We just completed a year-end inventory in our office and there are two items that I took home out of inventory for personal use. When I do an Inventory write off, there is not an option for any equity accounts. I am not purchasing the products from myself so a Sales Invoice then a journal entry doesn’t seem like the right choice. How would be the best way to accommodate this?
In my opinion the correct way to enter this is for you to buy them from your business, at what ever you can justify as a fair price. Doing so ensures GST/VAT as well as income tax is accurate. An invoice, journal entry or receipt balanced by a line item to an equity account could be used to record this.
If you don’t like the tax consequences your business could write it off as lost / damaged stock.
For tax purposes, we are a pass through entity, so all of the P&L is reported on my personal tax return. We do not have corporate taxes here. Sales tax was paid to the supplier, and me being the end user would pay no sales tax or use tax on the items anyway.
It looks like I will have to create myself as a customer, then raise an invoice with no sales tax on the items and sell them at cost, then use a journal entry to waive the price of the invoice and move it to the owner draw account.
It seems this would be much easier to just have the ability to write inventory items off directly to owners draw.
It can be much simpler.
If you are in a sales and use tax regime and paid sales tax upon purchase of the inventory, all you need to do is record a receipt from yourself with no tax code. No sales invoice, no journal entry. You can turn right around and withdraw the money as part of your next draw.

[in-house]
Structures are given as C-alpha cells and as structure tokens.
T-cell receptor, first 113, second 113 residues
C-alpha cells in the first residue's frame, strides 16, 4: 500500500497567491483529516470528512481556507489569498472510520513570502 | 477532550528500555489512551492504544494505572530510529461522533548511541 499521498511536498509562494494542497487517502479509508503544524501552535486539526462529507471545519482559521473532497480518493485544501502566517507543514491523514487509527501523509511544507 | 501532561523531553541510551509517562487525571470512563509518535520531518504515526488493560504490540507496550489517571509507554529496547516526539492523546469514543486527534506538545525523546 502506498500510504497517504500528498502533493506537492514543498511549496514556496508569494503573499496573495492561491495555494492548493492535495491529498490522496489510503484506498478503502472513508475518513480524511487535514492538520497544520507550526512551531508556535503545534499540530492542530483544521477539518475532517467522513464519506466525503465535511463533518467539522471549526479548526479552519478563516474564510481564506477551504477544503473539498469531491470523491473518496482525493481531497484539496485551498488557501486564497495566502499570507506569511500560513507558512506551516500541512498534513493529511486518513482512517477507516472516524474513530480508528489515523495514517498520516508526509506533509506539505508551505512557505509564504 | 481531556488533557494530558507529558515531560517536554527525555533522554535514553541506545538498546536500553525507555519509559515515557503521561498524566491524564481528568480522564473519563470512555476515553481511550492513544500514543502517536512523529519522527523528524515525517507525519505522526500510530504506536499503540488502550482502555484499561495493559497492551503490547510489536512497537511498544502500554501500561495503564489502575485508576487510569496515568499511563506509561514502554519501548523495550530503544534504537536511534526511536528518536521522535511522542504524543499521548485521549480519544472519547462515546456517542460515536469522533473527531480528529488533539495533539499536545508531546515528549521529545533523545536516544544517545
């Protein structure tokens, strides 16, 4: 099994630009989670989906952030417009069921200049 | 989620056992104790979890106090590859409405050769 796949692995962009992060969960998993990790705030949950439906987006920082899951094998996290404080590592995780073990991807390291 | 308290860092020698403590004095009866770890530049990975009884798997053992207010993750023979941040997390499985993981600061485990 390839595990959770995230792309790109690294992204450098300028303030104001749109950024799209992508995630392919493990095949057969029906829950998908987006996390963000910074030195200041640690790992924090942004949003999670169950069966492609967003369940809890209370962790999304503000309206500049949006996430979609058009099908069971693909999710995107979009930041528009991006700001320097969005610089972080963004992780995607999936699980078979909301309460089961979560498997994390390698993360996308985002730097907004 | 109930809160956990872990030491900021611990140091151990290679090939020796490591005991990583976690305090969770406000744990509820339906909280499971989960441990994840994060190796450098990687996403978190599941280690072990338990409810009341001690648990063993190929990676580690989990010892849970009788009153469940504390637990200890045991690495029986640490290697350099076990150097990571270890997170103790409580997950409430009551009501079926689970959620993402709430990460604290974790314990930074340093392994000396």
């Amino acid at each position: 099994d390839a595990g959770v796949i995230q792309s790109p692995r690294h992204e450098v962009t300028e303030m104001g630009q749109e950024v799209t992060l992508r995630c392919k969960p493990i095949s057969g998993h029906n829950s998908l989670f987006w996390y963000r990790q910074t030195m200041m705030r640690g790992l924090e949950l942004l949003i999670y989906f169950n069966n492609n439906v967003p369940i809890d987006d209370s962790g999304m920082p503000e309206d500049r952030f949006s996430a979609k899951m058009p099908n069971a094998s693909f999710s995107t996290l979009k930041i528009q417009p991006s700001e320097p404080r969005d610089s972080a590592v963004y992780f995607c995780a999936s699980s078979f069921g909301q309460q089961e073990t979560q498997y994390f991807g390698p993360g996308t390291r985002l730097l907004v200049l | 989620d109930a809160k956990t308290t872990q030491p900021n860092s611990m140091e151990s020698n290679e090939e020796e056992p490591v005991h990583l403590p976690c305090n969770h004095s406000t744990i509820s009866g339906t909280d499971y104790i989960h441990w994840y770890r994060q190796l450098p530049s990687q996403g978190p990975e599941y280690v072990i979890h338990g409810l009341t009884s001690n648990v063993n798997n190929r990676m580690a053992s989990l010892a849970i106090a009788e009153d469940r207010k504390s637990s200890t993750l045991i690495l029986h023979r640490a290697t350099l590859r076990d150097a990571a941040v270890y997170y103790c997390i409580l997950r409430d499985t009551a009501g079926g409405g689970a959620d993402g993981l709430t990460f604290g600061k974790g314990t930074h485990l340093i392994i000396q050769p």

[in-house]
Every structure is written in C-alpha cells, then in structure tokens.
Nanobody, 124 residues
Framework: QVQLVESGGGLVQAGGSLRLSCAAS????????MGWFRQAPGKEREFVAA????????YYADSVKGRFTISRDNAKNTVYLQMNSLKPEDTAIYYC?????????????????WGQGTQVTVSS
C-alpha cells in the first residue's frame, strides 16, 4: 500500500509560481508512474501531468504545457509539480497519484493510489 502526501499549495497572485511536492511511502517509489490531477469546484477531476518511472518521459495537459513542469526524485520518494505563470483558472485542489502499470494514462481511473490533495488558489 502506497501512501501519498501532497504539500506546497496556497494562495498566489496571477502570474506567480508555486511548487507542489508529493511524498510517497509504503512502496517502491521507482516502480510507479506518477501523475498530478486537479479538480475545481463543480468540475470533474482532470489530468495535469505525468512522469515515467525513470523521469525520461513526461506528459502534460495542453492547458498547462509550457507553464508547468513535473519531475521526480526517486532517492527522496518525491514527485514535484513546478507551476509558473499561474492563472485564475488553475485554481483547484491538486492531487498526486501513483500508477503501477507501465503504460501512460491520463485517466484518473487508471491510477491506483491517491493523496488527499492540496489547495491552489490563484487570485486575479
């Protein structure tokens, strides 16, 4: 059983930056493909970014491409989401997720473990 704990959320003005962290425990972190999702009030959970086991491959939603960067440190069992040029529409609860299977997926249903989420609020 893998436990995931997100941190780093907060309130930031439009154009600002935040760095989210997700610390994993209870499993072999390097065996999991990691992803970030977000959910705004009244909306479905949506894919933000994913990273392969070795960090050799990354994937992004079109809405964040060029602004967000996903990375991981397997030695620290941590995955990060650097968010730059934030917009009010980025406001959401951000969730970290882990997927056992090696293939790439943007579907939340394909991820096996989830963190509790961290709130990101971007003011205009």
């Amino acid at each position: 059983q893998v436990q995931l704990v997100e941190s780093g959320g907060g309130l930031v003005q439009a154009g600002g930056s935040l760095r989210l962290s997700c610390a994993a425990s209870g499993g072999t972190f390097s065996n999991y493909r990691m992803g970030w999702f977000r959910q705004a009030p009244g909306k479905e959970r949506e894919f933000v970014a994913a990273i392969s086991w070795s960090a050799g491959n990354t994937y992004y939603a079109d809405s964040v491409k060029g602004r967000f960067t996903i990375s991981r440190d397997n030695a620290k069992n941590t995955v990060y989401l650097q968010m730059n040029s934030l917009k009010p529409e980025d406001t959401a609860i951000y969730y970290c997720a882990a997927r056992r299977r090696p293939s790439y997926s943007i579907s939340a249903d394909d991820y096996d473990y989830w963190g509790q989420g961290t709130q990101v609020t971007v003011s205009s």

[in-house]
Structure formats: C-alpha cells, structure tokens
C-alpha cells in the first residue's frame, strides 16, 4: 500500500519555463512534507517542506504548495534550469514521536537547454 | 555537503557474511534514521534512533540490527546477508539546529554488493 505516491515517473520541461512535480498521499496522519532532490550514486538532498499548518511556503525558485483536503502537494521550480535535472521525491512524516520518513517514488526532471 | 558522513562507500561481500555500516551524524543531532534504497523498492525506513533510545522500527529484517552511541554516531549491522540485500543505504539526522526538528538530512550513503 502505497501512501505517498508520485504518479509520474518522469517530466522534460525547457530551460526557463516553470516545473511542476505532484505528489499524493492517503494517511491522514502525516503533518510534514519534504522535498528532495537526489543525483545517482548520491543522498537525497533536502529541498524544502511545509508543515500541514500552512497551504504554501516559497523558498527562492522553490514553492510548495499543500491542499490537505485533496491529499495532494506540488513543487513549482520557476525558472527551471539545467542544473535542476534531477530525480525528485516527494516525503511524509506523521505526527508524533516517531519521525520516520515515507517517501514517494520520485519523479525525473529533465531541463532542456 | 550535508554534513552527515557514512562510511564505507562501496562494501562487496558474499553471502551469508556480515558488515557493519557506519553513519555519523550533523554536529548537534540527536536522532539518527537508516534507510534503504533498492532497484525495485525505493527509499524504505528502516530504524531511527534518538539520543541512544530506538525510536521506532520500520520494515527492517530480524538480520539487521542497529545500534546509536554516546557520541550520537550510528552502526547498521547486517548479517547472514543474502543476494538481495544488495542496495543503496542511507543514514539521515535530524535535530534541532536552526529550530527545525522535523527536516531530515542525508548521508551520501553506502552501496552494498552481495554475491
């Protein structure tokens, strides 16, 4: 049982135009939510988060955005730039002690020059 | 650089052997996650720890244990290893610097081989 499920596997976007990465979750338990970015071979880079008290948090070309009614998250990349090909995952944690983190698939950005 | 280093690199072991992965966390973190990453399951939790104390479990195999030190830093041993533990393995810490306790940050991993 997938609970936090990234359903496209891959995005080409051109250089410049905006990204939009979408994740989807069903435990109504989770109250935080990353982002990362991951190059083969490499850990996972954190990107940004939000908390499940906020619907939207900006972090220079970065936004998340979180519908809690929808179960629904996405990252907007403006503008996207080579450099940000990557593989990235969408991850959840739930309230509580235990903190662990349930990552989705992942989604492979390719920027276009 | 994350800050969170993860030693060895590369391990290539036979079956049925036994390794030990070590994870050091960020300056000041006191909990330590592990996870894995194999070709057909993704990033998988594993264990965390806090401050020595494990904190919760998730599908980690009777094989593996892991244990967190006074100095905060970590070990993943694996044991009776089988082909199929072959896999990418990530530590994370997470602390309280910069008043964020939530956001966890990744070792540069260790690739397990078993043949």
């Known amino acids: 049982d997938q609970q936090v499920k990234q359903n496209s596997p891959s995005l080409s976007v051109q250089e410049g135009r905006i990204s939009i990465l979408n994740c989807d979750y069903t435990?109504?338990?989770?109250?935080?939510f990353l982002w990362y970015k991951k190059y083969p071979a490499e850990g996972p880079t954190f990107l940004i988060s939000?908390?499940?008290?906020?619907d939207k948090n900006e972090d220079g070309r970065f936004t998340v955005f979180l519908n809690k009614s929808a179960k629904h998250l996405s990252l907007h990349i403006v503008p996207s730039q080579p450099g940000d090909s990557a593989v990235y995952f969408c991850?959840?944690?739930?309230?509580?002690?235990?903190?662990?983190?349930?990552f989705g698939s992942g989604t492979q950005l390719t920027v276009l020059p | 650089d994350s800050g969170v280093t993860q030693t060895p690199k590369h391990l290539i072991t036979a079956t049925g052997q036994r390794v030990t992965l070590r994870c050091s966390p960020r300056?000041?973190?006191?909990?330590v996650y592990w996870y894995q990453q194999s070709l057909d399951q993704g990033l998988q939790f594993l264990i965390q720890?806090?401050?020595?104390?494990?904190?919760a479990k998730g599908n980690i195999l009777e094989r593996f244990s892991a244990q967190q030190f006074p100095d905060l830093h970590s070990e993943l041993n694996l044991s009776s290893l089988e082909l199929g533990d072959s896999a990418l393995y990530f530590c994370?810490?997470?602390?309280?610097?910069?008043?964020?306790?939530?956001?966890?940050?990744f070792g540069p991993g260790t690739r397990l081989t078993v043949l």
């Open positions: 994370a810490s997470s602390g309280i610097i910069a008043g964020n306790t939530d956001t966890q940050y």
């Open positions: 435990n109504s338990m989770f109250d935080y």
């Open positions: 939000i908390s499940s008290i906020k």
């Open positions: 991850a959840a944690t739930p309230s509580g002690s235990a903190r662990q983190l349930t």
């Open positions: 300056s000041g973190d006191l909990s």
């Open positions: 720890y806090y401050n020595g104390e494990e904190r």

But that raises two more questions. Why are you paying sales tax on inventory purchases? That raises your cost of goods and illegally results in your customers being charged sales tax twice. And, how will you deal with reporting sales on which you did not report having charged sales tax? That will get you in trouble with your tax authority, too.
We pick and choose which items are taxed and which ones are not. In this case I purchased a laptop for a family member through my vendor. We identified it as an end user and were charged sales tax. We do the same thing for office supplies. We order from the same vendor that we order merchandise from but pay sales tax on those items because we don’t sell pencils or paper clips.
It has always been easier to let them deal with it rather than pay use tax on our side and my CPA has said this is acceptable. We have copies of each invoice showing sales tax was already paid on the items that are used in our office.
Those items should never be in your inventory in the first place, because they are not held for sale or production. A laptop may be a fixed asset. Otherwise they are simply items you purchased. If you purchased them knowing they were not destined for business use, the expenditure should just be posted as a draw from the outset. You have effectively made a withdrawal of capital in kind.